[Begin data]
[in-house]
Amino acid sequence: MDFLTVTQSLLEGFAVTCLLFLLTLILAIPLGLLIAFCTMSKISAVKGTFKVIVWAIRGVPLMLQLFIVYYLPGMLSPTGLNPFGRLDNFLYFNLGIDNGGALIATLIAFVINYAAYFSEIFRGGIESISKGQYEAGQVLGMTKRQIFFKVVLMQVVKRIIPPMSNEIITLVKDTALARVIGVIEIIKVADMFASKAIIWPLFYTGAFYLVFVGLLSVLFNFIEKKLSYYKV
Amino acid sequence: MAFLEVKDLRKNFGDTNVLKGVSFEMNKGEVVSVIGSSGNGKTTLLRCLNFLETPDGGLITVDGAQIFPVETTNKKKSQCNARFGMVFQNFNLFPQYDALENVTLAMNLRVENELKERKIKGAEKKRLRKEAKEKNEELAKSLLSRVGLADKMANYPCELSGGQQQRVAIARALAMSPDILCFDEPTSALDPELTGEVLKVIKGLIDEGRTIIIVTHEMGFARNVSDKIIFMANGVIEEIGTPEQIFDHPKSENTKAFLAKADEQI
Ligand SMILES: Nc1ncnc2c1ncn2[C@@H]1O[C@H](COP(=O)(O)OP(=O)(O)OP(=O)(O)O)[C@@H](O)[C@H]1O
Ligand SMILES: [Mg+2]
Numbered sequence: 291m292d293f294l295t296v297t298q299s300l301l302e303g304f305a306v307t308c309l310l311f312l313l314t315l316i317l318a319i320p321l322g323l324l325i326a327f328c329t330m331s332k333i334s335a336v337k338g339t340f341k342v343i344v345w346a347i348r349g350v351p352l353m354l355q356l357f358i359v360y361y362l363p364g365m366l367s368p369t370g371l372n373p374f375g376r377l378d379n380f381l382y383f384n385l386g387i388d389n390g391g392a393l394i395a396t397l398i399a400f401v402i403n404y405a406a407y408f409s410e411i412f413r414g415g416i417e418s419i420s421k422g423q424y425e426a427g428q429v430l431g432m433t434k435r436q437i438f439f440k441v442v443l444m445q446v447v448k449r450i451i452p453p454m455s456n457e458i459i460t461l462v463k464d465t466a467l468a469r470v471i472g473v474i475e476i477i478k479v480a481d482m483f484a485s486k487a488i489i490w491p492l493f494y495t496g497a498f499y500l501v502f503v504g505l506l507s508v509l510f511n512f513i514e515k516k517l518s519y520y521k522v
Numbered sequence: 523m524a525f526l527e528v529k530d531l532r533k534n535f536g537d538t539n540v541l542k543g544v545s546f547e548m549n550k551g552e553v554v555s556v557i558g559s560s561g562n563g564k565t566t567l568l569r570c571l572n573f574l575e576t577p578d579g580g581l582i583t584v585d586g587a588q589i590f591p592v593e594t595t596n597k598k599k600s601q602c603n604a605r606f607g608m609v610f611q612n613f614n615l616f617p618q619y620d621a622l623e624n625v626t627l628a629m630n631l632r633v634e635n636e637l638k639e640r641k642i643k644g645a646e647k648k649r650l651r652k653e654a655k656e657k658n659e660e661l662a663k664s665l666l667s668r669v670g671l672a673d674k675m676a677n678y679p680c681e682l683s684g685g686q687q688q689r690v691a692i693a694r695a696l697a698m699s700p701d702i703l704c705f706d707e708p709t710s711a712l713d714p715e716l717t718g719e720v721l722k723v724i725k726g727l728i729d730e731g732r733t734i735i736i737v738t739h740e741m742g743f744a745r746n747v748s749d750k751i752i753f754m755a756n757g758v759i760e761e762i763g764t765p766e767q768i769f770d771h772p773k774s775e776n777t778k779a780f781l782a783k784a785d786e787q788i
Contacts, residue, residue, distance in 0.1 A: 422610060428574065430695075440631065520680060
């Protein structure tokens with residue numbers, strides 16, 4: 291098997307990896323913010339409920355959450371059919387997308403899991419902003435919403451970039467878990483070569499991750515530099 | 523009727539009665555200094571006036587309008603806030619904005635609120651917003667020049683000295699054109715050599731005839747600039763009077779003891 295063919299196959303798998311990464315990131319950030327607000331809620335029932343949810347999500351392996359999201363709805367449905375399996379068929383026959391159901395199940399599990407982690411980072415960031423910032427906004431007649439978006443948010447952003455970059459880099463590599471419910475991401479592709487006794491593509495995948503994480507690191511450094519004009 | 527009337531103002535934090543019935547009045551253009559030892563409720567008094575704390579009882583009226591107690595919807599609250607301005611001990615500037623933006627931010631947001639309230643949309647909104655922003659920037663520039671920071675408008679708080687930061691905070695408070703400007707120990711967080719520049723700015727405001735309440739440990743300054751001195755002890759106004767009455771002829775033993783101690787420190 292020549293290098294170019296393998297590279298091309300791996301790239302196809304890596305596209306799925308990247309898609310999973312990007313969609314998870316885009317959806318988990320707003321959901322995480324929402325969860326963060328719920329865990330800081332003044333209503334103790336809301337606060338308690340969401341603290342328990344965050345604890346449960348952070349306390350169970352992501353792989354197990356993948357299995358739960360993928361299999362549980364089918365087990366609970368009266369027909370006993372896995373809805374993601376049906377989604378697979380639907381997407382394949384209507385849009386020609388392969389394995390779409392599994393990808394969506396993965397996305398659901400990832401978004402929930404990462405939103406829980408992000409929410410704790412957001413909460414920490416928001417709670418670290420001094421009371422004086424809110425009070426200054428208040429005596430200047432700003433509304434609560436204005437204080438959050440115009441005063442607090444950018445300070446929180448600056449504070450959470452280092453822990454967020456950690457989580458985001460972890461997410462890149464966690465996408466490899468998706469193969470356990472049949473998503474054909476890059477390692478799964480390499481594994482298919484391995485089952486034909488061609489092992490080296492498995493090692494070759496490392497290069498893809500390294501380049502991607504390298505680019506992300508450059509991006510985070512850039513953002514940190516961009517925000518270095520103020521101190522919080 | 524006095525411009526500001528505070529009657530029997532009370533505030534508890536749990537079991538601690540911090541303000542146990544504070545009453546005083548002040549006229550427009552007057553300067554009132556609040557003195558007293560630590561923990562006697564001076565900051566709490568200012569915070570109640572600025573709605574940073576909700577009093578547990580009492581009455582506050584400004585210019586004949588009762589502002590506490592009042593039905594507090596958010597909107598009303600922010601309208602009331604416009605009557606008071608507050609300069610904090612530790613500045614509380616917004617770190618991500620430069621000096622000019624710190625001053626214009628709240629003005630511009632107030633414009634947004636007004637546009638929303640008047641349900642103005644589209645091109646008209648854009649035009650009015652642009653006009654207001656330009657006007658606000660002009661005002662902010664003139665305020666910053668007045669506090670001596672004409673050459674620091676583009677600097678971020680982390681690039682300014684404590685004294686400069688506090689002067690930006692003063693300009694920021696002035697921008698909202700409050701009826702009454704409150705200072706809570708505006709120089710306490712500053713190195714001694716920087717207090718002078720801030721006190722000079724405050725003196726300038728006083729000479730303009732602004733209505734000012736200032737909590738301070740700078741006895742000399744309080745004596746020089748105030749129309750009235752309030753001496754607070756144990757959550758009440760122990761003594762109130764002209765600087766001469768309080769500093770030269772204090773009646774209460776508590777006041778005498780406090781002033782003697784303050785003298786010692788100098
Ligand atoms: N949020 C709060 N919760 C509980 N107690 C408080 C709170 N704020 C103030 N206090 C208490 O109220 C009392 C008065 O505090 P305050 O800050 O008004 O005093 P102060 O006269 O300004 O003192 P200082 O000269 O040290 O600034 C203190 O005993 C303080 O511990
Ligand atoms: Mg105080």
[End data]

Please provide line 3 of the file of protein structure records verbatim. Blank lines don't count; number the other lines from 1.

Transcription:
Amino acid sequence: MAFLEVKDLRKNFGDTNVLKGVSFEMNKGEVVSVIGSSGNGKTTLLRCLNFLETPDGGLITVDGAQIFPVETTNKKKSQCNARFGMVFQNFNLFPQYDALENVTLAMNLRVENELKERKIKGAEKKRLRKEAKEKNEELAKSLLSRVGLADKMANYPCELSGGQQQRVAIARALAMSPDILCFDEPTSALDPELTGEVLKVIKGLIDEGRTIIIVTHEMGFARNVSDKIIFMANGVIEEIGTPEQIFDHPKSENTKAFLAKADEQI